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New study finds tech elites view the world with more meritocracy

ZDNet

A new study has revealed that while the top 100 richest people in tech share similar views to other wealthy people, they are also more focused on meritocracy. The research, published in PLOS One, used data sets based on tweets by these individuals who were named by Forbes as the top 100 richest people in the tech world, plus their statements on websites about their philanthropic endeavours. As part of the study, the researchers analysed 49,790 tweets from 30 verified Twitter account holders within the tech elite subject group and 60 mission statements from tech elite-run philanthropic websites, plus 17 statements from tech elites and other wealthy individuals not associated with the tech world for comparison purposes. The Twitter text analyses, according to the research, revealed tech elites used Twitter to tweet about subjects that placed emphasis on disruption, positivity, and temporality compared with the average user. Their most frequently used words were'new' and'great', and referred mostly to their peers and other tech firms. At the same time, the authors found that while tweets showed the tech elites did not see a significant difference between power and money or power and democracy, they did note the tech elites denied a connection between democracy and money, a view that was not shared by ordinary Twitter users.


Google is investigating an AI researcher over the handling of sensitive data

Engadget

Google is investigating an artificial intelligence researcher after it detected that "an account had exfiltrated thousands of files" and shared them externally. Margaret Mitchell, a co-lead of the Ethical AI unit, has been locked out of Google's corporate systems over the matter. But apparently they've told her she will be locked out for at least a few days. The investigation follows the acrimonious exit last month of another prominent AI researcher, Timnit Gebru, who said Mitchell has been told that she'll be locked out for a few days. According to an Axios source, Mitchell used automated scripts to search her messages for examples of discriminatory treatment toward Gebru.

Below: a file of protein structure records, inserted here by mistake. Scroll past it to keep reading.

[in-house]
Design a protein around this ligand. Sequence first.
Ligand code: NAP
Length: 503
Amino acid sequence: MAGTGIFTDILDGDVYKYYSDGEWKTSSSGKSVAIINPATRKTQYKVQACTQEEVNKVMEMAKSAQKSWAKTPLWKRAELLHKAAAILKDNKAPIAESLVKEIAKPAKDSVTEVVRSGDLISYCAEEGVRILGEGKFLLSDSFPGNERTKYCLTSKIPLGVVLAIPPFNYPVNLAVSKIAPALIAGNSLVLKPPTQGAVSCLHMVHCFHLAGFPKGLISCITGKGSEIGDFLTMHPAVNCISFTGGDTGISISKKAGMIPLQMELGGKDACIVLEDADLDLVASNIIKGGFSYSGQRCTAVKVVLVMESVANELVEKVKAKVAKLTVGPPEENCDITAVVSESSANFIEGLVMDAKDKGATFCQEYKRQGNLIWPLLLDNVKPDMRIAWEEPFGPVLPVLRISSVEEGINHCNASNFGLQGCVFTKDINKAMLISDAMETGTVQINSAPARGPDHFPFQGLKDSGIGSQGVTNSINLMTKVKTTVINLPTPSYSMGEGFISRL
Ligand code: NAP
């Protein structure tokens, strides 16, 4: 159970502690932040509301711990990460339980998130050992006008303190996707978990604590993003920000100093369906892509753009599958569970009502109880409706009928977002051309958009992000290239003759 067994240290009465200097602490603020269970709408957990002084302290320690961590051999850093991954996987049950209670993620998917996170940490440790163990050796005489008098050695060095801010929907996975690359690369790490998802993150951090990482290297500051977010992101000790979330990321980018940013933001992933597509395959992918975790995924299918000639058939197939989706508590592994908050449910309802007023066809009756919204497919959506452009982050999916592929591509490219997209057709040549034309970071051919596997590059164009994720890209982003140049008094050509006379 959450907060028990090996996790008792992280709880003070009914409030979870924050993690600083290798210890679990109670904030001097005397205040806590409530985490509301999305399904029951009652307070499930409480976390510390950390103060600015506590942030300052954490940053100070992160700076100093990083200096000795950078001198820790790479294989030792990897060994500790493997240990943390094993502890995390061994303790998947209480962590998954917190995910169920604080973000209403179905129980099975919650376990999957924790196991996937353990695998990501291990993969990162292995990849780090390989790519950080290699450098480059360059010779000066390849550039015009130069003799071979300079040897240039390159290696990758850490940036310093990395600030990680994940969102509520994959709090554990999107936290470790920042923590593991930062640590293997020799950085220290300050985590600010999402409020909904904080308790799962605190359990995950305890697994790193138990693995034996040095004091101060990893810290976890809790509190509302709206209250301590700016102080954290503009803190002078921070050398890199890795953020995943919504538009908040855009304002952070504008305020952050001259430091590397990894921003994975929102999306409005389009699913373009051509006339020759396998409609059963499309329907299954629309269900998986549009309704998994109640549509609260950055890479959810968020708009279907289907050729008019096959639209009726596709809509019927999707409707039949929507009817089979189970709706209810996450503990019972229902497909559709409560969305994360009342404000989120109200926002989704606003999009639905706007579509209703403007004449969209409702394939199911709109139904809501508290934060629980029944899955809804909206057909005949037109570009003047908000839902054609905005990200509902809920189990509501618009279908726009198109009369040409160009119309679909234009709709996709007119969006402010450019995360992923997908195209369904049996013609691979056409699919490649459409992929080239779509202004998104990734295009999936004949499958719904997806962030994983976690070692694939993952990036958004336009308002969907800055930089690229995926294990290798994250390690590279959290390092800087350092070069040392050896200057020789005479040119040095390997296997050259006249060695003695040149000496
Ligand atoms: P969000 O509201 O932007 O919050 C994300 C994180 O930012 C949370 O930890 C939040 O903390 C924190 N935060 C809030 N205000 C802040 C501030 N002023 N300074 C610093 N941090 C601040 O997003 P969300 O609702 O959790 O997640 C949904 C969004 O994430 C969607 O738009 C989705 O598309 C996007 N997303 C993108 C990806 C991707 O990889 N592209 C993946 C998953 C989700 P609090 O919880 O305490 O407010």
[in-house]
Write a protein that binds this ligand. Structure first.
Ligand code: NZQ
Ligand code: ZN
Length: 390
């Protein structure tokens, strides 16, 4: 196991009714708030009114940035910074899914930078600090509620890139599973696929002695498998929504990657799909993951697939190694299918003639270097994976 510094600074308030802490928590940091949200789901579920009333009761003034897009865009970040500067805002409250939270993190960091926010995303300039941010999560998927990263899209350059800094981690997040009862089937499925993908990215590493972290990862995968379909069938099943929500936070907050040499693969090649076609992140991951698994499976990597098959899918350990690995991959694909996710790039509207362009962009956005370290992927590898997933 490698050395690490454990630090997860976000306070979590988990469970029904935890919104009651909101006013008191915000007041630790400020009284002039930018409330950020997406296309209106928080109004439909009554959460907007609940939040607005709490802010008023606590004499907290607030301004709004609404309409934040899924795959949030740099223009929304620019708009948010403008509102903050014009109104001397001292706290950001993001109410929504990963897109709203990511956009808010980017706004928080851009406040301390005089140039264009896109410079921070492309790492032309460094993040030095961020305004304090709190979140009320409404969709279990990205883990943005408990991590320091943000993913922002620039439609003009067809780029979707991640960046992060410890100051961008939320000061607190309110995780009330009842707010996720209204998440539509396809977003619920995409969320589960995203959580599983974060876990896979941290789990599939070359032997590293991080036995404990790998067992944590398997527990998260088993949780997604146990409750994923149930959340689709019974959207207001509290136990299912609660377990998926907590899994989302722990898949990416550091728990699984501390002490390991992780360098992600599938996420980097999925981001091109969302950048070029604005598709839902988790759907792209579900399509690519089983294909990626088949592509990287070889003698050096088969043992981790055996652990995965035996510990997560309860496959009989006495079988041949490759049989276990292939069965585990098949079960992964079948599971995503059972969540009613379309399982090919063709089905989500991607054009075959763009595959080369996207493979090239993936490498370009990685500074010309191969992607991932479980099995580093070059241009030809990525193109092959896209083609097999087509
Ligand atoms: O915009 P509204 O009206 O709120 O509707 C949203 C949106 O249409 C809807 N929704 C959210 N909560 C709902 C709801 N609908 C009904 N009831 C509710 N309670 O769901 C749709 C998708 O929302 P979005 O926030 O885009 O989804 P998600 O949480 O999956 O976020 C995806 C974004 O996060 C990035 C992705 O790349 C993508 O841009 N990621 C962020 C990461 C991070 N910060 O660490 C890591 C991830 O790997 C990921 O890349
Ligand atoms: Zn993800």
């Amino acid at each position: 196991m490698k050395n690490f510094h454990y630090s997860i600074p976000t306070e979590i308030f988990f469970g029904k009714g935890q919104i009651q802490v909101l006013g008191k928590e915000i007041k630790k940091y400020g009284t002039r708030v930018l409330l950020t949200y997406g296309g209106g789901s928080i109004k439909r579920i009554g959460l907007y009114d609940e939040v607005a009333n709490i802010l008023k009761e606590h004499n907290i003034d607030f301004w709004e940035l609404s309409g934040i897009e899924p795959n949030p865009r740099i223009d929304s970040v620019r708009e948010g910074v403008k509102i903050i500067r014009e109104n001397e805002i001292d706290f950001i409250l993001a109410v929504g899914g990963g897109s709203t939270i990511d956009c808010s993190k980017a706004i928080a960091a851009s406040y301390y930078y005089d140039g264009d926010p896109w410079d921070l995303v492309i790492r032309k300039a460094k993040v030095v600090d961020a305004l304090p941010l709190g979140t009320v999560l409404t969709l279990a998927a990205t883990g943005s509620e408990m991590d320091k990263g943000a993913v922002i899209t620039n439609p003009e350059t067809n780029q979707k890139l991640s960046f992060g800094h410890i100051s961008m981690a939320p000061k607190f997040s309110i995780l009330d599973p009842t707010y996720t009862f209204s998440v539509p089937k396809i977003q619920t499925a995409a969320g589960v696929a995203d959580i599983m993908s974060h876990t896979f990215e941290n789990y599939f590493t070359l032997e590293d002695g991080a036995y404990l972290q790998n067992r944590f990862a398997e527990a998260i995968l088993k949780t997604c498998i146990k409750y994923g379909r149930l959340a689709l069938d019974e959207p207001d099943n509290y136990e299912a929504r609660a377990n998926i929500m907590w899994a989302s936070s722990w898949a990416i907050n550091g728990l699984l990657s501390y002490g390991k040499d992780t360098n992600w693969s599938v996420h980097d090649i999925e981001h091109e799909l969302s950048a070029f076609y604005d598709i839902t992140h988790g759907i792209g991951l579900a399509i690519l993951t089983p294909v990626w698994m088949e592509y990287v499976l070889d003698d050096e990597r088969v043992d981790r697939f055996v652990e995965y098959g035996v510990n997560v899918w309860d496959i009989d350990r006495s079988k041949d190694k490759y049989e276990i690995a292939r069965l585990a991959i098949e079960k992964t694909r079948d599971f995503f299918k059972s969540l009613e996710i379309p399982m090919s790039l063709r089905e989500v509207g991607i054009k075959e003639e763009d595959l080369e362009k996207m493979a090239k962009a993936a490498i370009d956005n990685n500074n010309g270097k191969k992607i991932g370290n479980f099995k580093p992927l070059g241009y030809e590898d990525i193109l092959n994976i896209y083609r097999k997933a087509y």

A Site Published Every Face from Parler's Capitol Riot Videos

WIRED

When hackers exploited a bug in Parler to download all of the right-wing social media platform's contents last week, they were surprised to find that many of the pictures and videos contained geolocation metadata revealing exactly how many of the site's users had taken part in the invasion of the US Capitol building just days before. But the videos uploaded to Parler also contain an equally sensitive bounty of data sitting in plain sight: thousands of images of unmasked faces, many of whom participated in the Capitol riot. Now one website has done the work of cataloging and publishing every one of those faces in a single, easy-to-browse lineup. Late last week, a website called Faces of the Riot appeared online, showing nothing but a vast grid of more than 6,000 images of faces, each one tagged only with a string of characters associated with the Parler video in which it appeared. The site's creator tells WIRED that he used simple open source machine learning and facial recognition software to detect, extract, and deduplicate every face from the 827 videos that were posted to Parler from inside and outside the Capitol building on January 6, the day when radicalized Trump supporters stormed the building in a riot that resulted in five people's deaths.


Trump pardoned Church of AI founder, so I went there to worship

ZDNet

Where have you gone, Godhead? Forgiveness is a spiritual, religious concept. As a child, I used to go to Catholic confession and tell the priest I'd sworn and stepped on a spider. I'd wait for the priest to absolve me and then ask whether I'd been taking sneak peeks at Playboy. So when I heard that former President Donald Trump had pardoned former Google engineer Anthony Levandowski, my thoughts were only religious.


August's WiFi smart lock hits all-time low of $183 at Amazon

Engadget

August's 4th-generation WiFi smart lock is one of its best yet, and now you can get it at a more affordable price. Amazon has discounted the silver model to $183.49, down from its usual $250 price. The black version is also on sale, but is only $14.67 off. We've seen the August lock drop as low as $199 in the past, but more frequently it's been discounted to $210, making this one of the best opportunities to buy it to date. Buy August smart lock at Amazon - $183.49


Robots: Jellyfish-inspired swimming machine could explore coral reefs and archaeological sites

Daily Mail - Science & tech